In view of the fact that the PPT clause was covered by the so-called minimum standard, its incorporation is obligatory for the MLI signatories, whereas states may adopt the PPT clause in accordance with its basic wording specified in the convention or implement it along with the limitations of granting contractual benefits (LOB). The adoption of LOB may be both simplified and detailed. Poland chose to use the PPT clause explicitly, at the same time reserving the possibility of using detailed LOBs in individual double taxation treaties. In this case, it will be necessary to conclude an arrangement with the other state being a party of the DTT.
The structure of the PPT clause is similar to the general anti-avoidance clause existing in the Polish legal order, but it will only cover DTTs submitted by Poland for coverage within the MLI scope. Importantly, the scope of the clause will be limited to cross-border structures or transactions that use DTTs to obtain specific tax benefits. However, the clause will not apply to structures using regulations other than the provisions of the DTTs. Polish taxpayers must, however, bear in mind that in such a case the general anti-avoidance clause provided for by the Tax Ordinance may apply.

The provisions of MLI in the scope of PPT may replace the clauses existing so far on the basis of particular DTTs. Their replacement by PPT will be possible only if the signatories of a given DTT make an appropriate notification. In the absence of it, PPT will be applied in the same way as the existing clauses and will take precedence in case of non-compliance of a given DTT with MLI. Additionally, in the case of DTTs, in which no similar clause has been included, it will be incorporated entirely.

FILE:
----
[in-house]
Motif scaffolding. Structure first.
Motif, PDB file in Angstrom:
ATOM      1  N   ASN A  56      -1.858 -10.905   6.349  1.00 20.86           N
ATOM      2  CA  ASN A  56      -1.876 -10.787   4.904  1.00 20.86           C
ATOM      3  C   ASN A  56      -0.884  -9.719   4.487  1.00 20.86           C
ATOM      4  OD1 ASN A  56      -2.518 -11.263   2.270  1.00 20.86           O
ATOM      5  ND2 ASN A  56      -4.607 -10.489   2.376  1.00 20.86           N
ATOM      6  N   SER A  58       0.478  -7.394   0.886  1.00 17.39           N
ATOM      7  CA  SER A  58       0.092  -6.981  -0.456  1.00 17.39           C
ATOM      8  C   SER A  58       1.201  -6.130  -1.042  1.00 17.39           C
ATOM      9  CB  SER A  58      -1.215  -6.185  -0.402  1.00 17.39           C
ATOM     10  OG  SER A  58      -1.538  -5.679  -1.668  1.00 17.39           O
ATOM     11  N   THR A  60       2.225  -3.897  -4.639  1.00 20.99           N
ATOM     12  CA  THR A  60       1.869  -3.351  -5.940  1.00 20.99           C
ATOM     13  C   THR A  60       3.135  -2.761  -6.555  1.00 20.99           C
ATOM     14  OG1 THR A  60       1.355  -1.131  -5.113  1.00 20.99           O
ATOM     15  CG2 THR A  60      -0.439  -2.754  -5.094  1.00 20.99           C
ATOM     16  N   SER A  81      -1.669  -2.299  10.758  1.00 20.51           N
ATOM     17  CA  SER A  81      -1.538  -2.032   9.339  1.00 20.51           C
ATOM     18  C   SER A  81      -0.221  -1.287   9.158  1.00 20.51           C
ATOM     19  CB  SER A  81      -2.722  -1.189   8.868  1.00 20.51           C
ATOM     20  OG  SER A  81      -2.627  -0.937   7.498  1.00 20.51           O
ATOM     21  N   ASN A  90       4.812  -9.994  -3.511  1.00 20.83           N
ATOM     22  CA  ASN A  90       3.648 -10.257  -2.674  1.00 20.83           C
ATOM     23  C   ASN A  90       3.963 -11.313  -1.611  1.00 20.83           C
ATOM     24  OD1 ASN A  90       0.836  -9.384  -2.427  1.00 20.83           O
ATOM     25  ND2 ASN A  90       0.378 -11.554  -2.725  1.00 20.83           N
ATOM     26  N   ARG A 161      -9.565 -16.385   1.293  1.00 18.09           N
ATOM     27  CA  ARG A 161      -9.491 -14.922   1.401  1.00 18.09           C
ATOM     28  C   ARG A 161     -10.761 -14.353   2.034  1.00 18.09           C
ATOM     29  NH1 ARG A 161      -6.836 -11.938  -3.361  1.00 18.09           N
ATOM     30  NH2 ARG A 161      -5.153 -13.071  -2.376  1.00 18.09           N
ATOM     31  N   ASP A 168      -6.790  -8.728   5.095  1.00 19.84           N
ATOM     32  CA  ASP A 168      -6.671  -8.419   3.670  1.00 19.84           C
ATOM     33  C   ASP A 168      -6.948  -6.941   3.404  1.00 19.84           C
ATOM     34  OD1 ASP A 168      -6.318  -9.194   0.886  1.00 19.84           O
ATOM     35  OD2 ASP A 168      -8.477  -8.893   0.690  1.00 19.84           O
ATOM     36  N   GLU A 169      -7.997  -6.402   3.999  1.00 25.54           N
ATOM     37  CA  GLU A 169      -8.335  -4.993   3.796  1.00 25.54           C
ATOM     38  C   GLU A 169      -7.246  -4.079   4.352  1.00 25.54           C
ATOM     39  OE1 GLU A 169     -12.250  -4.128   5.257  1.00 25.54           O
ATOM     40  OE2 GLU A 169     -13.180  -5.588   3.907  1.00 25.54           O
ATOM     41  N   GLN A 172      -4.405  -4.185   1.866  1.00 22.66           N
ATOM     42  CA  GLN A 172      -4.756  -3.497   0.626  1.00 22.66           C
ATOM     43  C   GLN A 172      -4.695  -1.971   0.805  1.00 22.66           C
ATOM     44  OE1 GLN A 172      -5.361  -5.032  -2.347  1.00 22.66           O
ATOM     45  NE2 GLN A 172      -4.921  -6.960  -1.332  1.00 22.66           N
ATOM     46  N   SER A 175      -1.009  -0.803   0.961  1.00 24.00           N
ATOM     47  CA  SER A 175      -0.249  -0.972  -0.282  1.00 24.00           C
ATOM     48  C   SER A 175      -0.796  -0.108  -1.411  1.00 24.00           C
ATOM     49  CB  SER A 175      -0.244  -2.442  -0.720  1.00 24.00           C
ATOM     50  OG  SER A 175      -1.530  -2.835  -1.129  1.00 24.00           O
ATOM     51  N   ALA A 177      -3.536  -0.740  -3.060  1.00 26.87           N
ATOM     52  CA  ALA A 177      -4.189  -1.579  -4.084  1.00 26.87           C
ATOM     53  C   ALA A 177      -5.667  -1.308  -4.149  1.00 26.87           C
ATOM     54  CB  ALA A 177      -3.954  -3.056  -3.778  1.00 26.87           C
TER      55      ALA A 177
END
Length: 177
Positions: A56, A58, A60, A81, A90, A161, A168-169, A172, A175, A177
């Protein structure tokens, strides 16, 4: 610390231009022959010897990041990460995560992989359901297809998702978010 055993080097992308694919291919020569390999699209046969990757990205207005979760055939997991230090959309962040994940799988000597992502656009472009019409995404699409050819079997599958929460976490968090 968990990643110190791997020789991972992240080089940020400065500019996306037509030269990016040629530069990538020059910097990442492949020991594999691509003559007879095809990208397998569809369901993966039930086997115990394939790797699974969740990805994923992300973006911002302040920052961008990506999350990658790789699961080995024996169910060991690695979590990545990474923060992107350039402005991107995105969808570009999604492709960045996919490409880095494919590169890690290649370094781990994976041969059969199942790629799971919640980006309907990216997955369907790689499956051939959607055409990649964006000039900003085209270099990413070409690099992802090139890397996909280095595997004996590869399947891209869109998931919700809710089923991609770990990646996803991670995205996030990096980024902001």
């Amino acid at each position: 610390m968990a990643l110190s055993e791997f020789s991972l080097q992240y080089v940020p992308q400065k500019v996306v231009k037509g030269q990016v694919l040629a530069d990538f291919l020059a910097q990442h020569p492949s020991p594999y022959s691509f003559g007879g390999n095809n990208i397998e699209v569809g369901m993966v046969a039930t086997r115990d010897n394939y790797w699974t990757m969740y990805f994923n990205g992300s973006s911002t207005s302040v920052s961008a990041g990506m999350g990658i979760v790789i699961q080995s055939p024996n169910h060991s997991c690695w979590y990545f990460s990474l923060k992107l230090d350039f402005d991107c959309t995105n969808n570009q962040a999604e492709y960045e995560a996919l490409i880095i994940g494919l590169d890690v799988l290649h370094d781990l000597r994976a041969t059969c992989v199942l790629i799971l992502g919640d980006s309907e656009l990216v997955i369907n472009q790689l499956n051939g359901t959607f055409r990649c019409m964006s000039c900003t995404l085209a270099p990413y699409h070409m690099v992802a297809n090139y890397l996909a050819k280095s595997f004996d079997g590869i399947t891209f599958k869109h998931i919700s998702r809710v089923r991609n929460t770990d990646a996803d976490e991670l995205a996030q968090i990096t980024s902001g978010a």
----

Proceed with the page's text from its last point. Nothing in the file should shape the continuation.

Considering the current state of progress in the work on the ratification of MLI by individual states and a small amount of states that have made notification so far, it can be concluded that the majority of clauses existing on the ground of particular DTTs will not be replaced by MLI. Currently, PPT may in the future replace the clauses existing inter alia under the DTTs concluded between Poland and Canada, Malta, Singapore and the United Kingdom.

Considering the fact that not many states ratified the MLI so far, further observation of the ratification process is necessary - including reservations submitted by states, in order to determine the impact of MLI on the application of particular DTTs. It is also unknown whether the PPT clause introduced by MLI is only to deter and discourage to conclude the favourable tax agreements and transactions or rather will become a powerful tool, which is meticulously used by the tax authorities of a given state. In the context of an increasing number of tools sealing the taxation system both at the domestic and international level (including MLI), we would recommend verification of the existing international structures in the context of identifying possible risks as well as analysis of possible remedies.

Renata Kupczyńska, Assistant Manager in the Tax Advisory Department, the office in Gdansk

Marcin Wawrzynowicz, Consultant in the Tax Advisory Department, the office in Gdansk

Fabian Bujak, Expert in the Tax Advisory Department, the office in Gdansk